Shankar Guha Niyogi was assassinated on September 28, 1991, when he was just 48. But even at that young age he had become a legendary figure. While he was adored like a brother and son by the iron ore miners and other workers of Chhattisgarh to whom he devoted his entire life, he also became perhaps the most talked about example of someone who could link trade union struggles to wider issues like peasant struggles, social reform, environmental protection and broad-based mobilisation for democratic change.
Born in Jalpaiguri on February 14, 1943, Niyogi came to the steel town of Bhilai as a young man and soon became involved in the struggles of steel workers. He then began travelling to nearby villages in Chhattisgarh (then a part of Madhya Pradesh). It was then that he realised that the workers who were suffering the most, much more than regular workers at the steel plant, were the mostly local rural workers (many of them tribals) employed under the contract system for mining iron ore from the mines in Dalli-Rajhara. But before he could take forward the efforts to mobilise them, Emergency was announced and 32-year-old Niyogi, who by then had married Asha, a woman from a village in the region, was arrested.
Thirteen months later when Niyogi was released from jail, workers welcomed him enthusiastically to form a new union – Chhattisgarh Mines Shramik Sangh (CMSS). The exploitation they faced had only increased during the months of Emergency. The new union succeeded in winning several battles for the workers. This alarmed those in power, who decided to take action against the new initiative. When the workers held their next struggle, the police opened fire on protestors who were resisting the re-arrest of workers. Eleven workers were killed. Niyogi was arrested. But this incident only added to the workers’ determination. The post-Emergency situation at the national level was also favourable and support poured in from several places. Soon after, an agreement was signed that conceded to most of the workers’ demand and Niyogi was released.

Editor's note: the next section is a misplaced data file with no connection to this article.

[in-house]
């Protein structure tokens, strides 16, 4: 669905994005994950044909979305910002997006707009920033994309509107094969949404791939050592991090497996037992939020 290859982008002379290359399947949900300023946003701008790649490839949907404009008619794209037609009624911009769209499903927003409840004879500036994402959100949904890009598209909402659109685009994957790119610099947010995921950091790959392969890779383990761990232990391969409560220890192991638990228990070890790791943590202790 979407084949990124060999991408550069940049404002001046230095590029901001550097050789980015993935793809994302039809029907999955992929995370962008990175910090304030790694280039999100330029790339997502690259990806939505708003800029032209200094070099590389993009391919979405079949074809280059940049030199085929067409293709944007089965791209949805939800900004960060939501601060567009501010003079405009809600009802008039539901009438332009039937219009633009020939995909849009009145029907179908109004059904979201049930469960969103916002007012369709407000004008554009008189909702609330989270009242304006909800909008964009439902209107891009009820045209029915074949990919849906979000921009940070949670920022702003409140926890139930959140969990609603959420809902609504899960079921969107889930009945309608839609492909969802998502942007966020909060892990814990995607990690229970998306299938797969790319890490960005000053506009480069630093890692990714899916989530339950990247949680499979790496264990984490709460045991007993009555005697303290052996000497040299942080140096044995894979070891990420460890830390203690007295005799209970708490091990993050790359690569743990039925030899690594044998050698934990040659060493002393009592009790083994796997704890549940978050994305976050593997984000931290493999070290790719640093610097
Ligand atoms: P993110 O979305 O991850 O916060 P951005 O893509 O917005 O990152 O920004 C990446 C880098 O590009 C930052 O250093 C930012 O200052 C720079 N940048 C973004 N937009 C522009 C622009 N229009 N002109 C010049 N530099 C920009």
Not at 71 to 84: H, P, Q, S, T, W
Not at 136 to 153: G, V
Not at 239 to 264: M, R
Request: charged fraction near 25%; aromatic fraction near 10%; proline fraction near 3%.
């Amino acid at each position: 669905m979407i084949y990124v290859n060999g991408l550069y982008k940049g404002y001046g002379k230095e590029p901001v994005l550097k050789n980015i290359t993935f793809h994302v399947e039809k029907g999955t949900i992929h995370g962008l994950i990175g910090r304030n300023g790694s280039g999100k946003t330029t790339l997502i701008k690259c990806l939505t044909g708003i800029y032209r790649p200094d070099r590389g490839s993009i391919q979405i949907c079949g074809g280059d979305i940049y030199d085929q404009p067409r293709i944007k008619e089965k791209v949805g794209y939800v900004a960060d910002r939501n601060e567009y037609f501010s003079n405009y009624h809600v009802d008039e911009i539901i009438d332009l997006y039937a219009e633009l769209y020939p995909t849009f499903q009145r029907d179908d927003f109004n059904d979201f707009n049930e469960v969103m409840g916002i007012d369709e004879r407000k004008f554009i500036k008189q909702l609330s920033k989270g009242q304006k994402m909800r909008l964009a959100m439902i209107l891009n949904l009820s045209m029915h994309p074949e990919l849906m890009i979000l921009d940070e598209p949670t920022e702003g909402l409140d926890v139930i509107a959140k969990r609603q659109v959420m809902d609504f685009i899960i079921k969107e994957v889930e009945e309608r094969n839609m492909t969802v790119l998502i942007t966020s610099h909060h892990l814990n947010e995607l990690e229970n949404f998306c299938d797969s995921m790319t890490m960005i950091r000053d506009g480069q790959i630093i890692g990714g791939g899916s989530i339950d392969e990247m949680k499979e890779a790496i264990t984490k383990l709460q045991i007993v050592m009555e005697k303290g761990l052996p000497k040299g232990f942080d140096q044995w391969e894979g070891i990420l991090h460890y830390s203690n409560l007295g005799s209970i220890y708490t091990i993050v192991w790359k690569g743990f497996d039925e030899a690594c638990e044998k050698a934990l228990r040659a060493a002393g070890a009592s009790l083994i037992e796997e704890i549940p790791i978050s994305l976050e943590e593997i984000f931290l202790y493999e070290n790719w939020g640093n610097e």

Niyogi became known as a public figure outside of the region at the age of 34, in 1977. From then to his assassination in 1991, he was harassed endlessly – periodic jail sentences, multiple legal cases against him and his close colleagues, threats, attacks on the workers he worked with and more. It speaks volumes not only for his dedication but also for his careful planning and broad vision that he still found the time to start successful movements not only on the trade union front but also in many highly creative initiatives in health, social reform and other areas.
The first three or four years were like a formative period, when some of the most important programmes were initiated. To prevent wage gains from being lost in liquor, Niyogi initiated one of the most successful anti-liquor efforts in the country in Chattisgarh. This was initiated not just as a fringe activity, but was given so much importance that workers regarded it as a matter of honour for their union to give up liquor. Families were also involved so women and children would support the effort inside the home. Cultural and music groups were set up for more creative use of the evenings, but what eventually attracted many workers was the initiation of the workers’ own health programme and the construction of their own hospital – the Shaheed Hospital – built in memory of workers who had died in police firing.